Two intra-process software modules (e.g., the player and the agent) requiring to communicate with each other in an authenticated manner can establish that the module one is calling is indeed the one it is expecting by verifying the digital signature of the called module using a predetermined “root” key. This process is called bilateral authentication. In embodiments of the present invention, IVK 16 may be used to verify the integrity of the player 12. Detailed methods for creating tamper resistant modules and providing integrity verification processing with IVKs and bilateral authentication are described in U.S. Pat. No. 5,892,899, entitled “Tamper Resistant Methods and Apparatus”, which is commonly assigned to the same entity as the present invention.
 In embodiments of the present invention, player 12 and agent 14 operate within an environment of “integrity verified execution” 18. By using the techniques described above, the agent may be tamper resistant and the integrity of the player may be continually verified by the agent during player operation.
 Processing by the system shown in FIG. 1 may be performed as follows. An operating system (OS) loads and starts execution of a main application program. In the example shown in FIG. 1, the main application program is a player application for playing and/or downloading music, video, or other multimedia content included in encrypted content 13 according to the terms of content license 15. At this point, one or more static software modules may be loaded into memory along with the main player executable files to pre-resolve path information of dynamic modules. This may, for example, be achieved on the basis of information in a component database (not shown). In one embodiment, the static components and the main player process provide interfaces to allow a user to interact with the main process. The interaction generally requires the user's identity to be authenticated and the modules related to the main process to be verified and/or linked together in a secure manner. When the user clicks on an action for the player or demands that an action be performed, the player loads specific object modules that allow the action to be performed. The object modules may, for example, be a program module within the player, an agent, a plug-in 24, or other code. In the context of a player, actions that a user may wish to perform may be playing a song, loading a song to a portable device, playing a video, converting digital content to another format, and so on. In the example shown in FIG. 1, performing a requested action may require loading different object modules, such as plug-in 24 and agent 14, for example. In other embodiments, other modules may be invoked in place of or in combination with the modules shown in FIG. 1. Plug-in 24 may be loaded and executed to perform a particular function, such as coding and decoding of data in a codec 26, for example.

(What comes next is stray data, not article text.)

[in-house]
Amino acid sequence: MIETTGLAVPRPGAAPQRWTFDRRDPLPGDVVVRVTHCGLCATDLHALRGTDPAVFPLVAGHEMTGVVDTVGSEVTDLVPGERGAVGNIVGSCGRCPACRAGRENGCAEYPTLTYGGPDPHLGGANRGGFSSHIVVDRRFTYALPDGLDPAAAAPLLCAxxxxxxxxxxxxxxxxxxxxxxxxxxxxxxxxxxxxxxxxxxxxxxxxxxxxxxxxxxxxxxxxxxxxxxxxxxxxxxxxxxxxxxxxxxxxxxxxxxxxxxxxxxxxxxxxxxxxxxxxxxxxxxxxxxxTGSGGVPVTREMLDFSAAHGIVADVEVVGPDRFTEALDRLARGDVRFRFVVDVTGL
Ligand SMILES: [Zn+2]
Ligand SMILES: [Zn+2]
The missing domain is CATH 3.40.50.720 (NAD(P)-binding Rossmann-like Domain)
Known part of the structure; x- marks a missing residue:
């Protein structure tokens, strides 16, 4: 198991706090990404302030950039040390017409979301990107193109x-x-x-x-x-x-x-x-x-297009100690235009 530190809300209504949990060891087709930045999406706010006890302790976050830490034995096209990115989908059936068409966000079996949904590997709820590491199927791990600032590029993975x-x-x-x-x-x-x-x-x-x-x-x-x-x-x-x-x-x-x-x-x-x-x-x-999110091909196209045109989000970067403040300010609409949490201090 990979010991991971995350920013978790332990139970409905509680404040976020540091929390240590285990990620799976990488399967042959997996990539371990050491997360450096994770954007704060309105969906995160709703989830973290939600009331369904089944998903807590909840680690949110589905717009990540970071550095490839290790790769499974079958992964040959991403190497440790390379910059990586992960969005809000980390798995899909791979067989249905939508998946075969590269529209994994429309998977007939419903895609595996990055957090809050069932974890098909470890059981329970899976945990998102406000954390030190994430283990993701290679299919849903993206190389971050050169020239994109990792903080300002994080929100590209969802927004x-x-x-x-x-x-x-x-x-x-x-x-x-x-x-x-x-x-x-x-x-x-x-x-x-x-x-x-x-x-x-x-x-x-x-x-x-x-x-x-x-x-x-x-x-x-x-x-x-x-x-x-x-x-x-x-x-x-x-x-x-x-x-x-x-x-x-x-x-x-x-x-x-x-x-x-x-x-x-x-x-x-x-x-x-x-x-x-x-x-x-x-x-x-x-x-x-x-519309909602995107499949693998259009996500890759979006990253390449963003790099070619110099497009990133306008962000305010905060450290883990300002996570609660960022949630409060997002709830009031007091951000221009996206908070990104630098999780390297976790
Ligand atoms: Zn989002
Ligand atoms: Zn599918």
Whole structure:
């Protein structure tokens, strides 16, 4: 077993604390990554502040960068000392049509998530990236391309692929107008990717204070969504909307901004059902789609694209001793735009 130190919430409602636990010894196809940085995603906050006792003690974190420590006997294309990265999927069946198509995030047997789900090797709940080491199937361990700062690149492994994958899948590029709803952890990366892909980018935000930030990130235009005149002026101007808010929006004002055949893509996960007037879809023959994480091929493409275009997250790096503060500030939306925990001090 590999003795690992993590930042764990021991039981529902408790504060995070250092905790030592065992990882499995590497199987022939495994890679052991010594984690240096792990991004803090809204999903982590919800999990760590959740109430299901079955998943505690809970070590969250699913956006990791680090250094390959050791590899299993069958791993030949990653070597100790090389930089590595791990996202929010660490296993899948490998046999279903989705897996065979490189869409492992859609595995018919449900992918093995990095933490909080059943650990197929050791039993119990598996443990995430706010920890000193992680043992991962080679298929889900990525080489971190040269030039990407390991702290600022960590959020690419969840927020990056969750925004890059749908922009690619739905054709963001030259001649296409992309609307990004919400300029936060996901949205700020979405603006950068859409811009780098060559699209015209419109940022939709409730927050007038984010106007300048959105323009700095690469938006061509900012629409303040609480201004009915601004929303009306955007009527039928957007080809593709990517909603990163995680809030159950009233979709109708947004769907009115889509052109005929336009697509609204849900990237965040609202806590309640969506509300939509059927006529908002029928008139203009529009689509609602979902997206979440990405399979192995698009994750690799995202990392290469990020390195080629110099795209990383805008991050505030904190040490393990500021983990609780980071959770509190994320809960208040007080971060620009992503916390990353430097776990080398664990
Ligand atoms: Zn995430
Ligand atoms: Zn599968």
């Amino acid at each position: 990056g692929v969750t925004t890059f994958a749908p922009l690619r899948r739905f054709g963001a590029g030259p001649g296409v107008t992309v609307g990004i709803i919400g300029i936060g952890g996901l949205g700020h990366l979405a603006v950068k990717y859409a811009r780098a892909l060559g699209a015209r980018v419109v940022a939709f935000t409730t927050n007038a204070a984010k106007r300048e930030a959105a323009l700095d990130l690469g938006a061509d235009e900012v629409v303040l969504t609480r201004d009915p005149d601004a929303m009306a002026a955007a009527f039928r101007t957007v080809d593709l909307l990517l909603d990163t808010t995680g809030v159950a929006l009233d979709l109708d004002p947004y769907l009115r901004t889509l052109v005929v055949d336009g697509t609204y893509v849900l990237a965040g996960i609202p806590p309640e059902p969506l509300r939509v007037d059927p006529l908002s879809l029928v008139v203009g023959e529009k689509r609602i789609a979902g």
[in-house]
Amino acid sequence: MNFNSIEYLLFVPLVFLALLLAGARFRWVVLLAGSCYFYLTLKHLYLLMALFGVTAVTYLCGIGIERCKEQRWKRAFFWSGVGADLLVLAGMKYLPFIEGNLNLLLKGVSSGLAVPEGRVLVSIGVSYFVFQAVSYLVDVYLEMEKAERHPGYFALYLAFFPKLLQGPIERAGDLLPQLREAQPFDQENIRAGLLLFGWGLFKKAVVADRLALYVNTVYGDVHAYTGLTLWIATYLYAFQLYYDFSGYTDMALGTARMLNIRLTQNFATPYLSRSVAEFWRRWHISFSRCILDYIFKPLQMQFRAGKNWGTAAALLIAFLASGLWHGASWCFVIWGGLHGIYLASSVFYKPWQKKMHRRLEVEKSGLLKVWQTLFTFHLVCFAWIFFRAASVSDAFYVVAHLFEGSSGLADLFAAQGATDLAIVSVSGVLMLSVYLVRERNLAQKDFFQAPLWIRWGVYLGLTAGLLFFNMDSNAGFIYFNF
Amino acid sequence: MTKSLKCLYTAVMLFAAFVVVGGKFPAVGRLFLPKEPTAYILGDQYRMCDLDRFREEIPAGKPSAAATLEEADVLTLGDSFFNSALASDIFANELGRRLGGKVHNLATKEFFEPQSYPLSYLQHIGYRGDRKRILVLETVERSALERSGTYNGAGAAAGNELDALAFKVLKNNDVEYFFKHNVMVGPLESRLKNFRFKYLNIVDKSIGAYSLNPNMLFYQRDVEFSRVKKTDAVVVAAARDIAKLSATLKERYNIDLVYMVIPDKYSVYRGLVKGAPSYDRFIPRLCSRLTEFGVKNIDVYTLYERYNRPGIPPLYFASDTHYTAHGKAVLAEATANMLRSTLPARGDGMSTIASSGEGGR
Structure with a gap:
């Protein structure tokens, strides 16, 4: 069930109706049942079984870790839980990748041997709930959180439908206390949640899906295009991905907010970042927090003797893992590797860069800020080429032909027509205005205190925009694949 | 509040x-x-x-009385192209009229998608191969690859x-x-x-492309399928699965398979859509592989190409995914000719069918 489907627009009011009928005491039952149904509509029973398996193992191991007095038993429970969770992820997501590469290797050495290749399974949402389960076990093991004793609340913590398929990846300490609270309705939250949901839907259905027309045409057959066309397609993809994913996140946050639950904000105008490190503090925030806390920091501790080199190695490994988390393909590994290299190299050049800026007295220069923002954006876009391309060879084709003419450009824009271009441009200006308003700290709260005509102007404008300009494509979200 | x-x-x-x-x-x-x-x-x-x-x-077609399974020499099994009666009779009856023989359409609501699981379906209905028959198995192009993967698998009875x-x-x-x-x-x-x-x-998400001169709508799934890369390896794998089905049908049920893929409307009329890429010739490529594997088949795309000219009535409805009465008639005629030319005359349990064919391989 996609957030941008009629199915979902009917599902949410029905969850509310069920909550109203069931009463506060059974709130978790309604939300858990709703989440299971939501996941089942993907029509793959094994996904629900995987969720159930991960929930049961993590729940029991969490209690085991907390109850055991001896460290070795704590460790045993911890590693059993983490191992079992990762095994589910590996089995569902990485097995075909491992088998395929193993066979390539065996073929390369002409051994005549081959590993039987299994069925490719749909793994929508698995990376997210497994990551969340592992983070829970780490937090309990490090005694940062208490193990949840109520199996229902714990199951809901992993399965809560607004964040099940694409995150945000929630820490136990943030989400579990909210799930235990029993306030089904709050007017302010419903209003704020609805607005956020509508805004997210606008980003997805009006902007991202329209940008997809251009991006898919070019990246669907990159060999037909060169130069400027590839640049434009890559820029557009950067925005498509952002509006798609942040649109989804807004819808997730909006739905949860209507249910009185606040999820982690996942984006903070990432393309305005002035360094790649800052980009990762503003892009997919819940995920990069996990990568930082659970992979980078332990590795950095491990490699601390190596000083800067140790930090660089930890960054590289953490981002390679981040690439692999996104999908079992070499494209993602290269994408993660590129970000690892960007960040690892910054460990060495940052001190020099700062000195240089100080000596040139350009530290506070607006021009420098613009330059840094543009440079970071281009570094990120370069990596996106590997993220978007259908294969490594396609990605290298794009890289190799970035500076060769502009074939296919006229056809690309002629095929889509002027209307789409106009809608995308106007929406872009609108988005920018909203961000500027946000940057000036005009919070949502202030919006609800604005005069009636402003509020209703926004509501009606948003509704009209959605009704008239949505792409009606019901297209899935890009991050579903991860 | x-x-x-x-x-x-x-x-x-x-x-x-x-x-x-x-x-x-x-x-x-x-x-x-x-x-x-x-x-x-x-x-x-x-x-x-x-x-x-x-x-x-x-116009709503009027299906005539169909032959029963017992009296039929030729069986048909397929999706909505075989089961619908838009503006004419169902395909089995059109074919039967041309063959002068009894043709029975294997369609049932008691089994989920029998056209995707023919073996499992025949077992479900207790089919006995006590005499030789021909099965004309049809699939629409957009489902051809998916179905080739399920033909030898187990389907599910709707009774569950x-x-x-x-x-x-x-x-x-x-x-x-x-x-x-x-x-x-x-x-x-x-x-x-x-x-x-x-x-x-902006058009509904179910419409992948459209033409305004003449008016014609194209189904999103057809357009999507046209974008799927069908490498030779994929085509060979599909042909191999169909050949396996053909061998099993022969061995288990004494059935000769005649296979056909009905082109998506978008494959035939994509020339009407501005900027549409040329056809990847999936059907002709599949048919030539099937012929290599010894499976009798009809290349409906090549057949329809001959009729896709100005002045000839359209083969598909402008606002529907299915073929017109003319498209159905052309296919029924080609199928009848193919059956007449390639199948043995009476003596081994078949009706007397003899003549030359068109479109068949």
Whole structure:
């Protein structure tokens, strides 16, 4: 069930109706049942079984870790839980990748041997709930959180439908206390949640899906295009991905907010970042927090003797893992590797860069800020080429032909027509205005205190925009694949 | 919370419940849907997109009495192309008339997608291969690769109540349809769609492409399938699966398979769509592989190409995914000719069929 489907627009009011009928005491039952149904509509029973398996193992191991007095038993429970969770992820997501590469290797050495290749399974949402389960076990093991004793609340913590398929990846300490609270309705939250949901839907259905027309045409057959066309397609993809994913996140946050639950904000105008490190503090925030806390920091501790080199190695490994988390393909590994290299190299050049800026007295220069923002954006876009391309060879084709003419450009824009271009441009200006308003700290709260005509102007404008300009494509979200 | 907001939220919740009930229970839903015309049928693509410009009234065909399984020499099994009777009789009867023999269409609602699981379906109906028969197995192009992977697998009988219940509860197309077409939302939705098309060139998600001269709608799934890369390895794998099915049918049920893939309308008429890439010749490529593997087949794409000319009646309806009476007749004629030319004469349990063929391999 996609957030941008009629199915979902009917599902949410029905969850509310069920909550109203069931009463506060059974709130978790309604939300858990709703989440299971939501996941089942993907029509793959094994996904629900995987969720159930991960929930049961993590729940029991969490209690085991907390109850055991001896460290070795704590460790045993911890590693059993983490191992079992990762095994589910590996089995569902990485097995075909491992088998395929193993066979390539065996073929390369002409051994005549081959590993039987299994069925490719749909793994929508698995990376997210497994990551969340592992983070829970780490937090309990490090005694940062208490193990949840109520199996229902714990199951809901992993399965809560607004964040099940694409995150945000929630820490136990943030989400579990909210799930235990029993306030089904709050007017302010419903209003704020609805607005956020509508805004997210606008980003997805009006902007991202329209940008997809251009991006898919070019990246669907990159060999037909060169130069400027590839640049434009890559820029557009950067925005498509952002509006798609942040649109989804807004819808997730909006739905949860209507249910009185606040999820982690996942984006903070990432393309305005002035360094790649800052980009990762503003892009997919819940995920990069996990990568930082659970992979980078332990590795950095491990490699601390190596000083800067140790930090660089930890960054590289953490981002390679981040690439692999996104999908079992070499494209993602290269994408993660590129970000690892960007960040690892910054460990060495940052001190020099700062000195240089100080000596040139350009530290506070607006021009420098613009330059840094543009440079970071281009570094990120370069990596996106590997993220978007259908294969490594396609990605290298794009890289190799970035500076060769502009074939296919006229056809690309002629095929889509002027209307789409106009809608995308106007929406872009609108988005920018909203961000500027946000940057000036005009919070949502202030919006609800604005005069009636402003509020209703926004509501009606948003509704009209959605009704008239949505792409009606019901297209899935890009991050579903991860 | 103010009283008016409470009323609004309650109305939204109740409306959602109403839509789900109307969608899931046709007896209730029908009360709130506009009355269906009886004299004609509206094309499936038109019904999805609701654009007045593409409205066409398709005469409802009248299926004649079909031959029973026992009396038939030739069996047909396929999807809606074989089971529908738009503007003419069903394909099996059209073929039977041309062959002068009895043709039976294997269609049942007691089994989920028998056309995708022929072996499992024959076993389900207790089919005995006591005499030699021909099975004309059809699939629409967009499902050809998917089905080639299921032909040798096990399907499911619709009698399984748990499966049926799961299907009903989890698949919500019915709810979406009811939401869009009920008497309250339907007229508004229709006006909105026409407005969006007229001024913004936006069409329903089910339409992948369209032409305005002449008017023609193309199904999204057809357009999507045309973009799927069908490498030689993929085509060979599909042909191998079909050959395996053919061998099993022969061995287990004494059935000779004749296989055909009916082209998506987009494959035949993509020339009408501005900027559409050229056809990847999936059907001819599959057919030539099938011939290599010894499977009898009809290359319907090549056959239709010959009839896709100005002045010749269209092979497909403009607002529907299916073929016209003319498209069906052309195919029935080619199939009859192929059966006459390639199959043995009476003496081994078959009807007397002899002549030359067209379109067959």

After the player and any other required modules are loaded by the OS, an import table (not shown) within the player application has been updated by the OS loader to include addresses of calls to OS services and other support modules used by the player.
 Cipher 40 may be used to decrypt encrypted secure functions. Secure storage 41 may be used to store secret information while agent 14 is executing. Secure authenticated channel (SAC) protocol 43 may be used to communicate with other trusted endpoints of a communications path (such as a secure server responsible for serving secure music distributions or a secure hardware player to which a user may download music, for example). The SAC protocol may be used to verify the identity of another communicating module as one that is trusted, and to transmit keys or requests for service.